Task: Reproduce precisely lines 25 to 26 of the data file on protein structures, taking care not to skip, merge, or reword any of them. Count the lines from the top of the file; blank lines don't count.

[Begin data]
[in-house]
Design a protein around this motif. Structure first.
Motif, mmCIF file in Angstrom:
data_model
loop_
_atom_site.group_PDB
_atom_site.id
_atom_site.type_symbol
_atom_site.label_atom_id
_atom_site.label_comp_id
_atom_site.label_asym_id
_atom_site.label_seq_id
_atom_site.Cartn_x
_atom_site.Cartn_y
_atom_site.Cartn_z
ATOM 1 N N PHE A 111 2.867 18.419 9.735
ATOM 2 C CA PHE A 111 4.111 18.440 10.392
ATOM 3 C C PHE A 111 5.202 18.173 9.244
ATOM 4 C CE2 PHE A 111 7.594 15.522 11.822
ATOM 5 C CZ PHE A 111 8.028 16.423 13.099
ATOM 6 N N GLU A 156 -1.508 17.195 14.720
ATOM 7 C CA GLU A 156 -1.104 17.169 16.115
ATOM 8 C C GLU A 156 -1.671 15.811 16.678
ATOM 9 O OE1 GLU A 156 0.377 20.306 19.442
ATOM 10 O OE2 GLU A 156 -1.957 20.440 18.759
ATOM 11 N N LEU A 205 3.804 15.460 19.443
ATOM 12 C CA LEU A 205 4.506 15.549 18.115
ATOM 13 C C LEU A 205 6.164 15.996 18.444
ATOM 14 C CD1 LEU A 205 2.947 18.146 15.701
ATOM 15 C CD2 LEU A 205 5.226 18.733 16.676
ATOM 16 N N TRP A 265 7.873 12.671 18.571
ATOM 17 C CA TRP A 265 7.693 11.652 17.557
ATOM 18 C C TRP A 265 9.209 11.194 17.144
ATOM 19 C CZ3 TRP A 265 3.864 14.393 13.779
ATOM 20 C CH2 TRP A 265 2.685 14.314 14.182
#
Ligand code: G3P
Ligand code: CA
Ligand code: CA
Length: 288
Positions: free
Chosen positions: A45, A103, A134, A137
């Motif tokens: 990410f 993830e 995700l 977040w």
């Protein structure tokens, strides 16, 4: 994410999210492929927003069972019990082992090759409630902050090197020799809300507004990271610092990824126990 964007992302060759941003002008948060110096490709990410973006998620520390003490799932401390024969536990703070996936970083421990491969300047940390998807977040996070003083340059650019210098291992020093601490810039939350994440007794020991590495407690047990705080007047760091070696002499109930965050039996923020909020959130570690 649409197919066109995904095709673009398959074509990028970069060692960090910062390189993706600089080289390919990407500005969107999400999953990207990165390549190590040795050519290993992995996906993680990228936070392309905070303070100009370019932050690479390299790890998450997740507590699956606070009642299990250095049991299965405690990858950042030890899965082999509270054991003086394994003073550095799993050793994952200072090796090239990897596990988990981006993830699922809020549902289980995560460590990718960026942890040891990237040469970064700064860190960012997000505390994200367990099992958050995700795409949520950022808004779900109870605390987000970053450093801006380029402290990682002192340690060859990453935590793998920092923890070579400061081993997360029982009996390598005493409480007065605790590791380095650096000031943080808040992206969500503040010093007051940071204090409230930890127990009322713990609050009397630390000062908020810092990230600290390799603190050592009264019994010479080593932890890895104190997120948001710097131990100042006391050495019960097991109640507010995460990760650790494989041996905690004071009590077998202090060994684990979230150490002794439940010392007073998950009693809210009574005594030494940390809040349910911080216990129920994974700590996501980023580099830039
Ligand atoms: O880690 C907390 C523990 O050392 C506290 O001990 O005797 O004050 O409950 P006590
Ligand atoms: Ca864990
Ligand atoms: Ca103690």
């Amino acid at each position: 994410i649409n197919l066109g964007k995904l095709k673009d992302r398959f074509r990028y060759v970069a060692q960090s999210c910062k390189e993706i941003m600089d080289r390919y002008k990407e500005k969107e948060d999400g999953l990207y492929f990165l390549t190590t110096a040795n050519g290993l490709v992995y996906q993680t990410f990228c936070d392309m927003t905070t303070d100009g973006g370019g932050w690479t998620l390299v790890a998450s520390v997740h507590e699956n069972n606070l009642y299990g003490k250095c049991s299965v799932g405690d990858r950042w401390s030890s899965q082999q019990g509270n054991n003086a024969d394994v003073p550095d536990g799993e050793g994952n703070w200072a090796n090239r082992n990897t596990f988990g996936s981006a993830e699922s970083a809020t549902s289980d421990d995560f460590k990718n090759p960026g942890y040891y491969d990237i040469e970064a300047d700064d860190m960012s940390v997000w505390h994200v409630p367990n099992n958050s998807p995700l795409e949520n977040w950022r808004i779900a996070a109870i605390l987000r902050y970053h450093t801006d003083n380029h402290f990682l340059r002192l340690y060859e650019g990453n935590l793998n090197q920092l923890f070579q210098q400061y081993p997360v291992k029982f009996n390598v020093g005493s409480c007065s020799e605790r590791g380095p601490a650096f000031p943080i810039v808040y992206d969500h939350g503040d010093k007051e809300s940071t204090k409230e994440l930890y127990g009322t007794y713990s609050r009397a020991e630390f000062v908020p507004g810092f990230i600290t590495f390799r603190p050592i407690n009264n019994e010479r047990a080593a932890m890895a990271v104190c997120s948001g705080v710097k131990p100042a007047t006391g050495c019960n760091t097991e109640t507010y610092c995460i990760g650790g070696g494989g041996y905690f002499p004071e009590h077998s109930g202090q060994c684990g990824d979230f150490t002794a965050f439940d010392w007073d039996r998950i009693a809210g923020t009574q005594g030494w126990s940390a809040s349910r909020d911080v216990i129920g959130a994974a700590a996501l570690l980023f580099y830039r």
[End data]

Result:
ATOM 10 O OE2 GLU A 156 -1.957 20.440 18.759
ATOM 11 N N LEU A 205 3.804 15.460 19.443